Well, I guess I should put my two cts. worth in.
The word clincher is tricky.
They had "clincher" type tires in the 1890's.
The wood rims were routed out and the tires had a sort of circumferential
notch/groove that held the tire in place as the tire had a matching profile
to size that was a male female type "hook" or groove.
I don't know if all the tires at that time were wire bead or only rubber and
For almost a hundred years the Euros had "clincher"tires that had no wire
bead but clinched the rim notch to hold the pressure and position.
Many of these old type tires had about a 1/2" flap on each side that lay
across the rim bed and protected the tube from nipple heads.It was a finger
pinching job as the tire was pulled and stretched over the rim into position
one side at a time with the tube inside.
Later these tires would in our time be called hook edge bead tires and had a
This was prewar and is today.
Before the war the wired on I think were named because of the bead
construction but were straight side rims without hookedge rims or tires.
It has now being used as a generic term for non sew-ups.
The cruiser bikes still are straight side rims as are the 26x1-3/8th and
1-1/4 sizes for our use, and many of the Fench stock metric sizes, et., etc.
Cauition must be used when straight size rims are fit with hook edge bead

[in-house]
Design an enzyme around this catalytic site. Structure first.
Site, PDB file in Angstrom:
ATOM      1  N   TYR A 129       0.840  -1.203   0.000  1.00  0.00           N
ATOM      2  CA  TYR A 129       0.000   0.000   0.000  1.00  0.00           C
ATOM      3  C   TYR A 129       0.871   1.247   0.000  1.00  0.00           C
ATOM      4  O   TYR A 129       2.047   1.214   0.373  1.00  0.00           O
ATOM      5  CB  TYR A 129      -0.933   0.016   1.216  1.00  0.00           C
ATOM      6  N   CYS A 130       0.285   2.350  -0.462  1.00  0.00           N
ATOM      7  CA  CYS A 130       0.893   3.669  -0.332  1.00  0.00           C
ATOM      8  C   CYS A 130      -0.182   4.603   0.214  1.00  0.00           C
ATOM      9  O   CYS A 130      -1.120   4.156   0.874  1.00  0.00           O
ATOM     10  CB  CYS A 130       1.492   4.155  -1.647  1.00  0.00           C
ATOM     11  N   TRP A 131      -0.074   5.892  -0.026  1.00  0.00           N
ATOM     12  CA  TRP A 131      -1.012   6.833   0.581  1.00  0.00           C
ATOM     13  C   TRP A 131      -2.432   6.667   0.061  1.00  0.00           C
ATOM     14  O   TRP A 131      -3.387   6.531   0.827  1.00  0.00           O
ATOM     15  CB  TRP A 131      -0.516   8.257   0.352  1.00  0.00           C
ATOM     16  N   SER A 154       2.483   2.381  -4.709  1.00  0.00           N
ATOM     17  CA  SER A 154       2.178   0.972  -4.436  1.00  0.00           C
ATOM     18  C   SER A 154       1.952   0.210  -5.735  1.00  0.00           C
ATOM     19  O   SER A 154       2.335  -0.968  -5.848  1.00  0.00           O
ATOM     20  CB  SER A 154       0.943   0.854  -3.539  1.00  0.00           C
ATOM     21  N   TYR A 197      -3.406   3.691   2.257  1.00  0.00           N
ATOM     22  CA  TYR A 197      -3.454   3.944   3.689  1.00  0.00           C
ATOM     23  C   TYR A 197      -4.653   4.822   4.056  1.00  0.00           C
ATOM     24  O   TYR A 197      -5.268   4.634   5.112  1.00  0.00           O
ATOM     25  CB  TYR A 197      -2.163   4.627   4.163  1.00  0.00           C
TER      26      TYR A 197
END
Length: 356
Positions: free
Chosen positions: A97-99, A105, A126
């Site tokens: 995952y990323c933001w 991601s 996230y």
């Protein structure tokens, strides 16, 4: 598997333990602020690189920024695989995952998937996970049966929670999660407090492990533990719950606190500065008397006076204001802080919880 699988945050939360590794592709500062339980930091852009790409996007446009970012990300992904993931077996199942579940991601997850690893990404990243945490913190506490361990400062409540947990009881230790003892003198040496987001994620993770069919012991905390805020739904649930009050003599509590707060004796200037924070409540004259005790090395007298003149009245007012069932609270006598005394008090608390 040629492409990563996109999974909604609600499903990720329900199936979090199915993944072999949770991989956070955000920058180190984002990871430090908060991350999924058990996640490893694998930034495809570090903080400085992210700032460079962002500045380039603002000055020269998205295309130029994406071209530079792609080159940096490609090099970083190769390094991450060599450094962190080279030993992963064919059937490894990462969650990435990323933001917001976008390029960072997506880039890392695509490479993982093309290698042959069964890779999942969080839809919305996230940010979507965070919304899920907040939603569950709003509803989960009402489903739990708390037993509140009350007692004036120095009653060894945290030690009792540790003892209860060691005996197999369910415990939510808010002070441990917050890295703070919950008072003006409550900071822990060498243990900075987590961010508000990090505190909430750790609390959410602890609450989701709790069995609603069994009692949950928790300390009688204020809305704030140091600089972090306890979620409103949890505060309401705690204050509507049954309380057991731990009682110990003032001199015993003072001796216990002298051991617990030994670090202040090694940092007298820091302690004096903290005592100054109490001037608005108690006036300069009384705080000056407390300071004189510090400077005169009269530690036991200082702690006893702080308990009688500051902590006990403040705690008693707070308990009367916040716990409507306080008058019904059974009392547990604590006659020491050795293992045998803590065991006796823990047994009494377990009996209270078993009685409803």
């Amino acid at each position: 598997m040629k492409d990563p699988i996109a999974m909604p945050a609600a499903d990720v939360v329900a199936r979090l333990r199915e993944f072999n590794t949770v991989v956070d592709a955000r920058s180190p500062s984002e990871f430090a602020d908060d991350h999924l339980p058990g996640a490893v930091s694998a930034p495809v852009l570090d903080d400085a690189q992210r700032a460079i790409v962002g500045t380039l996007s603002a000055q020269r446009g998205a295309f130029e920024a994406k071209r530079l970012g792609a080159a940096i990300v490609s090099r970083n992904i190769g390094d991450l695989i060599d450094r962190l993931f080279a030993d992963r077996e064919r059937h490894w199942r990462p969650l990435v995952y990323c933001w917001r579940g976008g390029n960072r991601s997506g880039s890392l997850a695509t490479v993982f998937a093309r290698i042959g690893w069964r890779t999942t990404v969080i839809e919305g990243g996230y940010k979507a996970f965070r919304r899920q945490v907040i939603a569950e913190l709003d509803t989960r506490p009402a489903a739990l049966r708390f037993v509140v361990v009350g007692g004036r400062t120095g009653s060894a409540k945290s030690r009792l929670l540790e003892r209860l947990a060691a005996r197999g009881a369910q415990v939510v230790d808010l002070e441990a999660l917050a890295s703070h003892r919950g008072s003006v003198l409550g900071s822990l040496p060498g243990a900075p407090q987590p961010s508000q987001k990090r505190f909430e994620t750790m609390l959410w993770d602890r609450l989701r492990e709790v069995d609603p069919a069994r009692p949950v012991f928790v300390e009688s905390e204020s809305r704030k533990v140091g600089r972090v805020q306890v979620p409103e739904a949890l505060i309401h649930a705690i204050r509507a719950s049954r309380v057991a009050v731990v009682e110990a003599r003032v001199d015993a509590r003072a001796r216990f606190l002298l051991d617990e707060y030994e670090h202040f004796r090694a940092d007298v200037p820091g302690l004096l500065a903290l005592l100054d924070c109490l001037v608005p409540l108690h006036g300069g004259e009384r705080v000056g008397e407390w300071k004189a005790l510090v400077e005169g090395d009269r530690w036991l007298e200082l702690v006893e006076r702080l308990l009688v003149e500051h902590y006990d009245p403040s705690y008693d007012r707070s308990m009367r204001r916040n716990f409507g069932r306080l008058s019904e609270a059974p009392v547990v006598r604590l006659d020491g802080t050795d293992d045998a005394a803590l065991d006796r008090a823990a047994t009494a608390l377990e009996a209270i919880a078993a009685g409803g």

tires as most will creep off the rim and "Thar she Blows!".
Many straight side tires can be fit into hookedge bead rims but it takes
general experience knowledge or experimentation to know this, and I don't
think the johnny come latelys 20 years ago in Bicycling mag had that depth
If I'm wrong, not having the article, I 'll eat crow now. If I'm not wrong,
then i'll crow about it now, too.
OK you pundits, time to chime in.
Palos Verdes Estates
> At 03:04 PM 22/07/2007 -0400, dima wrote:
>>like to clarify something about the wheels/rims though: both ebay
>>auctions for rims that you mentioned specify that the rims are "wired
>>on". Excuse my ignorance, but what does that mean? Is it different from
>>regular modern "clincher" wheels, and if so (as I'm afraid it is) what
>>tires are available currently?
> "Wired on" is actually the correct term. A "clincher" is a certain type of
> antique car tire. More than 20 years ago I remember Bicycling magazine
> making a big deal of this. Alas, over the years with the Internet helping
> illiterate people, "clincher" appears to have become accepted usage.
> John Betmanis
> Woodstock, Ontario